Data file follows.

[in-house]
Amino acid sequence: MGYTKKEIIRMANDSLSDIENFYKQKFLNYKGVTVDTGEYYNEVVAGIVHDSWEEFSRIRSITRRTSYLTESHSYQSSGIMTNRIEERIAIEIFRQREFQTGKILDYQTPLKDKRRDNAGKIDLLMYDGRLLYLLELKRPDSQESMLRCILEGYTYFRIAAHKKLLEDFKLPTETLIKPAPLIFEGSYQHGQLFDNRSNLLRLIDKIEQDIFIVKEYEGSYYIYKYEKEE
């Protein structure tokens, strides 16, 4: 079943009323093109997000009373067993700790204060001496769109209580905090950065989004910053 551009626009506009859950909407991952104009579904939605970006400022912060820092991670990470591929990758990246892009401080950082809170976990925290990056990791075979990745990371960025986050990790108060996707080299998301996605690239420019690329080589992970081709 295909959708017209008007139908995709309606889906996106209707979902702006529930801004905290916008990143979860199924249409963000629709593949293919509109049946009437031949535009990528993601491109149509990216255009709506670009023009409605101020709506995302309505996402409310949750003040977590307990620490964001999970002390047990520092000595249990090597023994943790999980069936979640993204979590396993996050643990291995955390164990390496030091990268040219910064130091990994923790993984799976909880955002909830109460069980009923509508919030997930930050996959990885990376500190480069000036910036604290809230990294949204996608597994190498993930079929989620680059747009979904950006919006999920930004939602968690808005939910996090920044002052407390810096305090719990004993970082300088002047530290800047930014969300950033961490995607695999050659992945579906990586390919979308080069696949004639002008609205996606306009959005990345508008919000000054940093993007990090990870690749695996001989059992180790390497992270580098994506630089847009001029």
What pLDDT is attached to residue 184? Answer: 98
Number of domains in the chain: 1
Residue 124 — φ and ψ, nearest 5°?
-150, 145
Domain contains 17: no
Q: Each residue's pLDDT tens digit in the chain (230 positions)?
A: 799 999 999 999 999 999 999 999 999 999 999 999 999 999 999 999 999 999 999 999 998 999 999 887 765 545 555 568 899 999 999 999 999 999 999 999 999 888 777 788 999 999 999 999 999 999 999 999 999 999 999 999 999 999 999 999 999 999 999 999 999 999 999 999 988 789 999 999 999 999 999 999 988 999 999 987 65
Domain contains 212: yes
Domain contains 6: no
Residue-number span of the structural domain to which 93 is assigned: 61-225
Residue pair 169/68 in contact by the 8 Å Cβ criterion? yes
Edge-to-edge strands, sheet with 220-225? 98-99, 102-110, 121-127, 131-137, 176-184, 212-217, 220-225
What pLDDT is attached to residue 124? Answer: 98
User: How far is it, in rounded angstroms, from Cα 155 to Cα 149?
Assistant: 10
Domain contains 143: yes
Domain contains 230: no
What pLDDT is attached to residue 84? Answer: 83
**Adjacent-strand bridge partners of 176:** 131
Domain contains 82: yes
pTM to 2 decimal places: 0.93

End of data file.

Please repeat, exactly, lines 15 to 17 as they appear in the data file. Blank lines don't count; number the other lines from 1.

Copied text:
Edge-to-edge strands, sheet with 220-225? 98-99, 102-110, 121-127, 131-137, 176-184, 212-217, 220-225
What pLDDT is attached to residue 124? Answer: 98
User: How far is it, in rounded angstroms, from Cα 155 to Cα 149?